As business reopenings picked up nationwide, Americans filed nearly 2 million applications for unemployment benefits last week, reflecting a slowing -- though far from a halt -- in job losses.

Initial jobless claims for regular state programs totaled 1.88 million in the week ended May 30, Labor Department figures showed Thursday, down from 2.13 million the prior week. It was the first reading below 2 million since the coronavirus-related layoffs began en masse in mid-March. The median estimate in a Bloomberg survey of economists called for 1.83 million claims in the latest week.

Continuing claims -- the total number of Americans claiming unemployment benefits -- increased to 21.5 million in state programs the week ended May 23, compared with analyst estimates for a decline. Most states reported declines from the prior week, and the latest increase in part reflects quirks from biweekly filing rules in California, which showed an unadjusted rise of about 618,000.

U.S. stocks fell at the open. Separate data Thursday showed U.S. trade in goods and services plunged in April to the lowest level in almost a decade.

The four-week moving average of continuing claims fell to 22.4 million from 22.7 million, the first decline of the pandemic.

In the week ended May 30, 36 states reported 623,073 initial claims for Pandemic Unemployment Assistance, the federal program that extends unemployment benefits to those not typically eligible like the self-employed. That was less than half the prior week’s count.

Thursday’s report underscores the current dichotomy in the labor market. The layoffs are continuing -- and hitting the higher-wage workers and supervisors that escaped the initial wave of layoffs -- but at the same time, a multitude of Americans have headed back to work with varying degrees of business restrictions being eased in all 50 states.

The initial claims figure remains enormous at about nine times the pre-pandemic weekly average, but weeks of decreasing initial claims suggests the worst of the coronavirus-related layoffs is over. Even so, lingering effects from forced business closures and the pandemic itself will likely weigh on any recovery in the labor market for some time.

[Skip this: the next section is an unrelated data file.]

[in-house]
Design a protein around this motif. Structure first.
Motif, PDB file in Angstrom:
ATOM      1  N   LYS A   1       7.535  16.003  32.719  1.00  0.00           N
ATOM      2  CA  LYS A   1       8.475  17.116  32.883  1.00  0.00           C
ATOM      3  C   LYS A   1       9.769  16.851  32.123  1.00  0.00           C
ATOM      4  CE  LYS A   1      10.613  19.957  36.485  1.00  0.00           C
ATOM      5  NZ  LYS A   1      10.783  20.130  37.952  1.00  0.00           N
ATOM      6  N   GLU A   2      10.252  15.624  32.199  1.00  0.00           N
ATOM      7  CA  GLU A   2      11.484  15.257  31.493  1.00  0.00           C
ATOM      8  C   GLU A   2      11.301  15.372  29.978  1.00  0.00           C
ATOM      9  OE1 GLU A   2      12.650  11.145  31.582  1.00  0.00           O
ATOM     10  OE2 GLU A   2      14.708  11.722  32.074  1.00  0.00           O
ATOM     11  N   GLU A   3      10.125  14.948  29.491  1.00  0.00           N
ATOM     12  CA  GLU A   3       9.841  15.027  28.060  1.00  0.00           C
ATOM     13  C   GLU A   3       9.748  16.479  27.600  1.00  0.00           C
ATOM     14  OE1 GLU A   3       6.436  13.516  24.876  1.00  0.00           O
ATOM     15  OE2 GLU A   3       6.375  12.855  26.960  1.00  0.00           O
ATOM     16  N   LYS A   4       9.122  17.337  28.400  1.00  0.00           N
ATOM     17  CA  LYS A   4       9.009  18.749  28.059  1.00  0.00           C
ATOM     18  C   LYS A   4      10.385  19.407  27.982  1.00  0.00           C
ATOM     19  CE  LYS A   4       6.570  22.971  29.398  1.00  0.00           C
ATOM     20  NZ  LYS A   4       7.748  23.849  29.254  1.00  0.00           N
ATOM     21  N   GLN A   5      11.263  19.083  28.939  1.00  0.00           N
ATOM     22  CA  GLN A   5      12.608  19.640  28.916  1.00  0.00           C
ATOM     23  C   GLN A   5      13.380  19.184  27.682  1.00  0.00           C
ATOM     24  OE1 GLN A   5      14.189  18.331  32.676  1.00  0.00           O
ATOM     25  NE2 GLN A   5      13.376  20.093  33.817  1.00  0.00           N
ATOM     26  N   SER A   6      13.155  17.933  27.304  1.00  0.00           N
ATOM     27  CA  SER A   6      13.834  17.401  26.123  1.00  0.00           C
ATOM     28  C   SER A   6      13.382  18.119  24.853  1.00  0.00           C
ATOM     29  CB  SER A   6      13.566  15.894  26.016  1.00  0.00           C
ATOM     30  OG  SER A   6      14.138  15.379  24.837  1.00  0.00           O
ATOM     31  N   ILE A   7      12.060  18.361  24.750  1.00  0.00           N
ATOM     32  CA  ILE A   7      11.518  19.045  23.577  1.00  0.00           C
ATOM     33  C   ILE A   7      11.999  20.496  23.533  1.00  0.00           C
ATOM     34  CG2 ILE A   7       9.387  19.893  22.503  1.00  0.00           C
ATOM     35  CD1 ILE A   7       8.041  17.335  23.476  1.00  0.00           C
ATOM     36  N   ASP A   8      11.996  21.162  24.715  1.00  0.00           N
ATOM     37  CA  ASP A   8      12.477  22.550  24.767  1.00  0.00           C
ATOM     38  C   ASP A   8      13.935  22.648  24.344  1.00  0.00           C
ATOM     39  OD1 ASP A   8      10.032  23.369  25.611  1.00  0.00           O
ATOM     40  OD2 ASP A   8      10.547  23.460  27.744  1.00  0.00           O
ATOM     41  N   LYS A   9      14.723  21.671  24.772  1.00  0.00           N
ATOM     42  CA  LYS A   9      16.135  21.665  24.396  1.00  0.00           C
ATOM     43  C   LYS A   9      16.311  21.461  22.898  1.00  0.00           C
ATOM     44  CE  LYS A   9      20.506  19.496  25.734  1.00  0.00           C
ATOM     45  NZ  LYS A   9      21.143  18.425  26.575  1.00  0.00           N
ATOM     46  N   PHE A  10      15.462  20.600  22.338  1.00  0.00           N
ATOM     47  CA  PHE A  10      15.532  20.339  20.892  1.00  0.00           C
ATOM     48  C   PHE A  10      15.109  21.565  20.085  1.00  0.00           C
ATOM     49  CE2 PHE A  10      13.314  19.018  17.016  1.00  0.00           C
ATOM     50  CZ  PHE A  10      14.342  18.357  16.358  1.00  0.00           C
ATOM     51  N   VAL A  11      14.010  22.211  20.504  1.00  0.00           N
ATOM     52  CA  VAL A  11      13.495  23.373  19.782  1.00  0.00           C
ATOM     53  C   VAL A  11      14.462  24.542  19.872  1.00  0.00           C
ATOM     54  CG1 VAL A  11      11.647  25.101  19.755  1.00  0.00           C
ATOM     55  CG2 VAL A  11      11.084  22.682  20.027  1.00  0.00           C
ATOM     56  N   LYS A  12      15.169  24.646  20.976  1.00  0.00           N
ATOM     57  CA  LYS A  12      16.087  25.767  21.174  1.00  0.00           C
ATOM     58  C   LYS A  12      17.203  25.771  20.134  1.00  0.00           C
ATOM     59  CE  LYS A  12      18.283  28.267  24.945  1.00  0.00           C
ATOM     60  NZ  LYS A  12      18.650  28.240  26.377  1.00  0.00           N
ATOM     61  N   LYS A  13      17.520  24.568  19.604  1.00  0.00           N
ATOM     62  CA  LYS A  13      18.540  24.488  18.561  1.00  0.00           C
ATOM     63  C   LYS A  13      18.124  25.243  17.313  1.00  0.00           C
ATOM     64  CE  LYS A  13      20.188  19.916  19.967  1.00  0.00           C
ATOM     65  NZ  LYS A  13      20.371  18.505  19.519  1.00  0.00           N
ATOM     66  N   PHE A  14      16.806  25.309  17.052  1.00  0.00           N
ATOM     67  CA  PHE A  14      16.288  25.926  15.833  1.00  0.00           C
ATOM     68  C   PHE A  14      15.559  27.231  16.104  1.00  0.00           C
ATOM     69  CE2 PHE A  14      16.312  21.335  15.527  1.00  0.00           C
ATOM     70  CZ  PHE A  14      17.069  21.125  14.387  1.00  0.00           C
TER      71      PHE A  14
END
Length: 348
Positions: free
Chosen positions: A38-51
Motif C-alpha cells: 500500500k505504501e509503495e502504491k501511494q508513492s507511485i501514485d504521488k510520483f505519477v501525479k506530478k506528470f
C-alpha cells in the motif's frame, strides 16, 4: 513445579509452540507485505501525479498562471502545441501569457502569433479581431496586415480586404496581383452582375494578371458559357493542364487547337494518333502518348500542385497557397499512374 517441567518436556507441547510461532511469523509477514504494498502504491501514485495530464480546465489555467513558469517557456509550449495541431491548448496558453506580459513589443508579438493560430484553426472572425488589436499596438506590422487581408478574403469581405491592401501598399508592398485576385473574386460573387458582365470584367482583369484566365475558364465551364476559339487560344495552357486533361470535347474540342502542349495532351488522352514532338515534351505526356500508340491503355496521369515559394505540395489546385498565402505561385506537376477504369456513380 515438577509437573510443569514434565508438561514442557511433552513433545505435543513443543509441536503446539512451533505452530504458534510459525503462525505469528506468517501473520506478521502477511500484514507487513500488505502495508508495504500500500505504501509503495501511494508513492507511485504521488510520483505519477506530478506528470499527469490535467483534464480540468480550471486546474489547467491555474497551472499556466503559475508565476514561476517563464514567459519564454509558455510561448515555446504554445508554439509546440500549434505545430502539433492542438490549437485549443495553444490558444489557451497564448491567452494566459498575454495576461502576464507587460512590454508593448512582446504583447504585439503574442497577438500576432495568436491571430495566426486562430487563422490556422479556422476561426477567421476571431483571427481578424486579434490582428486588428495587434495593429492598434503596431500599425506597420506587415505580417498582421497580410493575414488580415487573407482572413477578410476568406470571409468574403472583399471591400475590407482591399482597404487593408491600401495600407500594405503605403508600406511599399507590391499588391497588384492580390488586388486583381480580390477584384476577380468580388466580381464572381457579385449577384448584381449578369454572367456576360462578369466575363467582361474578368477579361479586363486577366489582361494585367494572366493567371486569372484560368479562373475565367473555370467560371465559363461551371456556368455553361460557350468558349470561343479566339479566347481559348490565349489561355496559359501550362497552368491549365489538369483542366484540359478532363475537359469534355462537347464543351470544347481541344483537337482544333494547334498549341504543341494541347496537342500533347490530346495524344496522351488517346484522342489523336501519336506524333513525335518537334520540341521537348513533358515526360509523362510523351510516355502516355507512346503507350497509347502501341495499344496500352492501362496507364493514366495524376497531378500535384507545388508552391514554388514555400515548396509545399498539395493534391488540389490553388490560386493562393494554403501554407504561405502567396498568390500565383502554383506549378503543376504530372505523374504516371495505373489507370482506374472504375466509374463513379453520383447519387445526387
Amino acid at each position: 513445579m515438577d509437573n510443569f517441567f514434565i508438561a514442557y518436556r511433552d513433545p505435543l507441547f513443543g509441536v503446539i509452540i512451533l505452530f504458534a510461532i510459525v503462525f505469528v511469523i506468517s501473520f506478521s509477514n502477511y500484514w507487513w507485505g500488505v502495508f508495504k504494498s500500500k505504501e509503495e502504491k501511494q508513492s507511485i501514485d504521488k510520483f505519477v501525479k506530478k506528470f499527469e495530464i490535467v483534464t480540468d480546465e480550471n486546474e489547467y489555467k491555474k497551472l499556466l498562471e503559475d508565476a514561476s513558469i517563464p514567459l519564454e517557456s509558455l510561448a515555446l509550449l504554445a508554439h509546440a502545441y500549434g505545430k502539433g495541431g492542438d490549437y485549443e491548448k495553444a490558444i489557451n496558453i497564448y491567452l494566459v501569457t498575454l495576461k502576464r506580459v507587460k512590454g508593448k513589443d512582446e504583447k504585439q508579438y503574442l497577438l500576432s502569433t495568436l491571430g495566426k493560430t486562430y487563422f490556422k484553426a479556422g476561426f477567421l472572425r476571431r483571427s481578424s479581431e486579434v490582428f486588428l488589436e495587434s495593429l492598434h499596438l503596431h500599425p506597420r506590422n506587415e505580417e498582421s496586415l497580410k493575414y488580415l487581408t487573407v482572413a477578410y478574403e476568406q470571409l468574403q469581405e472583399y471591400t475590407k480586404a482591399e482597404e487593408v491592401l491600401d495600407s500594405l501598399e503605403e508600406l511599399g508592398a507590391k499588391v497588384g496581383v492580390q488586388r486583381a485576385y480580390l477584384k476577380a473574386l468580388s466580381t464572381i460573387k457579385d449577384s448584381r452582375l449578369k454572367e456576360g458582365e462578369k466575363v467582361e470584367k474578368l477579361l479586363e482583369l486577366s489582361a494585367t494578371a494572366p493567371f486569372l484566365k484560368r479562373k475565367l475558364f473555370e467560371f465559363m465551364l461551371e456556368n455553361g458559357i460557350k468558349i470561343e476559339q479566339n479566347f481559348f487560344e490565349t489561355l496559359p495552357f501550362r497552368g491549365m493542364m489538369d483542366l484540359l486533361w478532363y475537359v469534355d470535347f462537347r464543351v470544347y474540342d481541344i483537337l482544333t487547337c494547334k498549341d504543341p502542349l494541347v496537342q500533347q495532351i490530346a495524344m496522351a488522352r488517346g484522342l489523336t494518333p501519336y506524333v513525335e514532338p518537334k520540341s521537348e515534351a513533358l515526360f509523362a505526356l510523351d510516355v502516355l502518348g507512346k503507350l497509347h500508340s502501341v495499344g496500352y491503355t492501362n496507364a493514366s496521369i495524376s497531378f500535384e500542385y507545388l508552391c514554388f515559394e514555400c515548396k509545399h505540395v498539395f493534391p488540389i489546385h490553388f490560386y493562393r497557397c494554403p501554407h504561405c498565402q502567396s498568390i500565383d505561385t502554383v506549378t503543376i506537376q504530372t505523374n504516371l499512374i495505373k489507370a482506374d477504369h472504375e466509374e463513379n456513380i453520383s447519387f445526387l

“Stubbornly elevated jobless claims are yet another statistic showing that labor market recovery will not be swift,” said Bloomberg economist Yelena Shulyatyeva. “The latest claims data comes on the back of the non-manufacturing ISM survey, which showed the employment subindex barely budged in May from a record-low in April, contradicting the signal from a better-than-expected ADP employment.”

The May jobs report, out Friday, is forecast to show employers cut payrolls by 8 million, sending the unemployment rate soaring to Great Depression-like levels at 19.5%. It will also show the distribution of job losses across industries. The reference week for the report is in mid-May, so last week’s jobless claims may reflect job losses not captured in the monthly employment report.

California and Florida both saw increases of more than 27,000 in initial claims filed last week; Mississippi was the only other state to show a rise, though minuscule. States seeing significant jumps in continuing claims in the week ended May 23 also included Texas, Pennsylvania, Oregon and Florida.

Georgia, one of the first states to reopen, saw its benefit rolls grow by 19,156 to 750,918.

Given the unprecedented surge of claims in recent months, many economists look to the non-seasonally adjusted figures for a more accurate read on claims. The total reported number under the federal PUA and state programs was 2.23 million last week, down from 3.21 million in the prior week. Many states that have already accepted tens of thousands of claims for the federal assistance are still showing zero claims on the national report.

This article was provided by Bloomberg News.